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Tribeca Film Festival

March 13, 2014 | By Steven Zeitchik
As NBA fans wait to see if Phil Jackson can return the New York Knicks to glory, a new film looks to beat him to the punch. The actor-filmmaker Michael Rapaport is set to debut his documentary movie “When the Garden Was Eden” at the Tribeca Film Festival next month as part of its ESPN Sports Film Festival section. Fest organizers announced the news Thursday, saying the world premiere will kick off the sports confab on April 17. Rapaport's movie looks at the Knicks teams that won a pair of titles in the early 1970s and includes interviews with Clyde Frazier, Willis Reed, Bill Bradley and - of course - Jackson himself.
April 16, 2013 | By Steven Zeitchik
In “Silver Linings Playbook,” Robert De Niro won plaudits for playing a complicated father. Now he'll spend some time exploring his own. In a new documentary from director Perri Peltz (”The Education of Dee Dee Ricks”), De Niro will examine the life of his father, Robert, a painter and bohemian figure who died in 1993 at the age of 71. Currently titled "Robert De Niro Sr.," the film is being produced by De Niro producing partner Jane Rosenthal and involves the work of Peltz collaborator Geeta Gandbhir.
December 3, 2013 | By Mark Olsen
The Motion Picture Assn. of America says its Classification and Ratings Appeal Board has overturned the R rating given to the film "A Birder's Guide to Everything" for "some language and crude references. " The film is now rated PG-13 for "langauge, sex and drug references, and partial brief nudity. " The film has been playing festivals since its premiere in April at the Tribeca Film Festival and, according to its website, will be in theaters and video on demand this spring.
October 25, 2009 | Mark Olsen
Call it "slow horror," "art horror," "indie horror," even "hipster horror" if you must, but in "The House of the Devil," filmmaker Ti West is definitely doing something that stands apart from the usual guts and gore of most contemporary horror movies. Preferring the slow burn to fast thrills, West somehow transforms the mundane into the macabre, and when his film finally takes a step into the supernatural, it comes as even more of a shock because of the muted atmosphere that precedes it. Already available on video-on-demand, "Devil" opens in Los Angeles, New York and Austin, Texas, theaters on Friday.
March 1, 2012
A little bit of the European theater world is coming to the skid row neighborhood in downtown Los Angeles. Inner-City Arts is teaming up with the British-German theater company Gob Squad and L.A.'s Center Theatre Group to launch a two-year stage project. The initiative will involve a handful of Inner-City Arts students participating in a theater production about the process of aging. The British Council, a nongovernment cultural organization, is investing $10,000 in the project.
April 19, 2013 | By Steven Zeitchik
NEW YORK -- "He's not a villain," Matt Berninger said of his brother Tom. "He's the nicest guy in the world. " The 42-year-old front man of the band the National was standing on stage between songs at the New York's Highline Ballroom, gesturing to his brother about 20 feet away. Tom raised his hands, let out a howl, then accepted a noogie of appreciation from a friend nearby. Those who had watched the Berningers on screen in the documentary "Mistaken for Strangers," the opening-night film of this year's Tribeca Film Festival, wouldn't have thought Tom was a villain.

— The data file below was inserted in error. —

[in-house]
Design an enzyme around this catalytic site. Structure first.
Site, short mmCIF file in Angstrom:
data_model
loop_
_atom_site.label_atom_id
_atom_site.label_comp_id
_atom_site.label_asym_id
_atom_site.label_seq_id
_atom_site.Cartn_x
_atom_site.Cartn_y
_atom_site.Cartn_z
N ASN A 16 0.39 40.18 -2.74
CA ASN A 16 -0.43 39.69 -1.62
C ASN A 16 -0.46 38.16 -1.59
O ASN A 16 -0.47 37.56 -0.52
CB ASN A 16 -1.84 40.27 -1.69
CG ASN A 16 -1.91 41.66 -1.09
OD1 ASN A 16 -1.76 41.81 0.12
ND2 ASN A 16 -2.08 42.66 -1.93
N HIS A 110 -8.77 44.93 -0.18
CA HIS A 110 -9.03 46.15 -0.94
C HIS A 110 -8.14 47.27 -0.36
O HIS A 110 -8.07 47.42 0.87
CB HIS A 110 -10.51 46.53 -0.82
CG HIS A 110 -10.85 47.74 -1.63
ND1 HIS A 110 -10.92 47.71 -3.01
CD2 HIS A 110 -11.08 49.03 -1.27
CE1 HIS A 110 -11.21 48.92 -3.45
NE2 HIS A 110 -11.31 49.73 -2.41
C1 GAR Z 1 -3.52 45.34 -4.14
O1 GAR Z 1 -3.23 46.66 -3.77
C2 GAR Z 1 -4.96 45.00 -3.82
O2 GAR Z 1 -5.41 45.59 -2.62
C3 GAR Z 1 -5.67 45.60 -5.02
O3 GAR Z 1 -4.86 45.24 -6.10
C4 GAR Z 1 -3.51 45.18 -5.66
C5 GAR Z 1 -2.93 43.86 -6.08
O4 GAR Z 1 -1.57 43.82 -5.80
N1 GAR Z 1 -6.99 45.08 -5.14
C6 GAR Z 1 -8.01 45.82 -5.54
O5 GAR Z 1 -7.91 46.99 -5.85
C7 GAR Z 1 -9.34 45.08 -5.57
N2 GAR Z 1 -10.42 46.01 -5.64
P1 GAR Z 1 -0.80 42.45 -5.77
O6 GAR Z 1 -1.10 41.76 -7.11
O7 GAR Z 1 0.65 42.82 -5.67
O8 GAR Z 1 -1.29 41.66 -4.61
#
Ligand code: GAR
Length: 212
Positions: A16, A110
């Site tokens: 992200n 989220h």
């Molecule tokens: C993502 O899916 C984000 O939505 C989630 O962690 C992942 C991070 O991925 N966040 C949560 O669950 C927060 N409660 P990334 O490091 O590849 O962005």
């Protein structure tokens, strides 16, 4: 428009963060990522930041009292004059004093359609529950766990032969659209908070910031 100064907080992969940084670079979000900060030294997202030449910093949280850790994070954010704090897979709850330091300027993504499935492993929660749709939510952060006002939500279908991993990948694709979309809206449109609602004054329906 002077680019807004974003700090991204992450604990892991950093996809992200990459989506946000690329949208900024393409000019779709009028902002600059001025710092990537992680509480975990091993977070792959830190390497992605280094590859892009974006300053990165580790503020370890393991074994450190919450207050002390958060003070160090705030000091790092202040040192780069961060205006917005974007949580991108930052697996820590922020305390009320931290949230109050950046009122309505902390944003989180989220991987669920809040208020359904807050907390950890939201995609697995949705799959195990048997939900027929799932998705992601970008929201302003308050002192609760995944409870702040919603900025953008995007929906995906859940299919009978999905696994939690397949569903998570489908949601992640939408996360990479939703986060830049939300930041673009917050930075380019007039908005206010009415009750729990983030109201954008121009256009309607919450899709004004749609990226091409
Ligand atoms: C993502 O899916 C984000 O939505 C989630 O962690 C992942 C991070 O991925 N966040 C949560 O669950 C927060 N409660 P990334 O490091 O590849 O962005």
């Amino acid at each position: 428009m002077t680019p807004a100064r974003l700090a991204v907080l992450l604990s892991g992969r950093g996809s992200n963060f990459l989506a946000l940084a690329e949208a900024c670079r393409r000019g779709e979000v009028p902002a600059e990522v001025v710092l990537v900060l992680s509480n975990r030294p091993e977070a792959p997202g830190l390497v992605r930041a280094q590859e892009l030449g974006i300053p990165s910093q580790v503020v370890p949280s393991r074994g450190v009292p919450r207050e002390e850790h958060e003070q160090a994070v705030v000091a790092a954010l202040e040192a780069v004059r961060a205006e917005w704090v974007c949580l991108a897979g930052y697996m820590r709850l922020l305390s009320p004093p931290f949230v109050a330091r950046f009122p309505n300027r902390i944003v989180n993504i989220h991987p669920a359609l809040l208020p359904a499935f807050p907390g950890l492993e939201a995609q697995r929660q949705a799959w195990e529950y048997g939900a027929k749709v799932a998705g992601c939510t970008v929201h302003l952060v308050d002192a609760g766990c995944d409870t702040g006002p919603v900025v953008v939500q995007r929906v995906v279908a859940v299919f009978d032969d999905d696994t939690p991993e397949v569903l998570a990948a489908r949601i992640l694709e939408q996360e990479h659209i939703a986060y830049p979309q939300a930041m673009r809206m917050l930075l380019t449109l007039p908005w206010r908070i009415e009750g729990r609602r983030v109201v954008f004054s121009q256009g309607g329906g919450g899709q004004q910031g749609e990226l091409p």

April 20, 2013 | By Steven Zeitchik
NEW YORK--As Roger Sterling on "Mad Men," John Slattery plays  it brash, slick and  debauched. But even a hard-drinking womanizer needs a break once in a  while. And so it was that Slattery found himself in Maine last year starring as Richard, a taciturn logger thrust into the center of a tragedy, in the indie film "Bluebird. " "You take six months of the year doing [Roger Sterling] and you want to do something different," Slattery told The Times in an interview here Saturday.
April 26, 2008
WHILE I read Patrick Goldstein's column regarding the poor film choices of Al Pacino and Robert De Niro with great interest ["How the Mighty Have Fallen," by Patrick Goldstein, April 22], I can't help but point out the glaring omissions in his argument. First off, Goldstein begins the column by quoting Francis Ford Coppola, a filmmaker whose recent work has been lackluster at best. Then we are given examples of some of the mediocre films that Pacino and De Niro have recently starred in, failing to dig deeper into their extracurricular activities.
March 18, 2011 | By Rick Rojas, Los Angeles Times
In "Monogamy," Israeli-born actress Meital Dohan receives top billing for a movie in which she doesn't speak and is only referred to as Subgirl, an e-mail handle. All that's seen of her is what's captured through the lens of Theo (Chris Messina), the photographer protagonist, who unwittingly finds himself chasing this sexually adventurous woman. She is a silent enigma, the one thing standing between an engaged man and monogamy. "The character is a fantasy," Dohan said, perched on a white sofa in her sunny Los Angeles home.
April 25, 2013 | By Steven Zeitchik
NEW YORK -- A scripted feature about life in Laos and documentaries about U.S. war crimes and a town in the grip of a debilitating drug addiction were among the big winners at the Tribeca Film Festival's jury prizes Thursday night. "The Rocket," the Australian Kim Mordaunt's tale of a displaced 10-year-old boy who must find a new home in the tribal mountains of Laos after his house is destroyed to make way for a dam, won best narrative feature. Sitthiphon Disamoe, a nonprofessional actor who played the lead role, was awarded the best actor prize.
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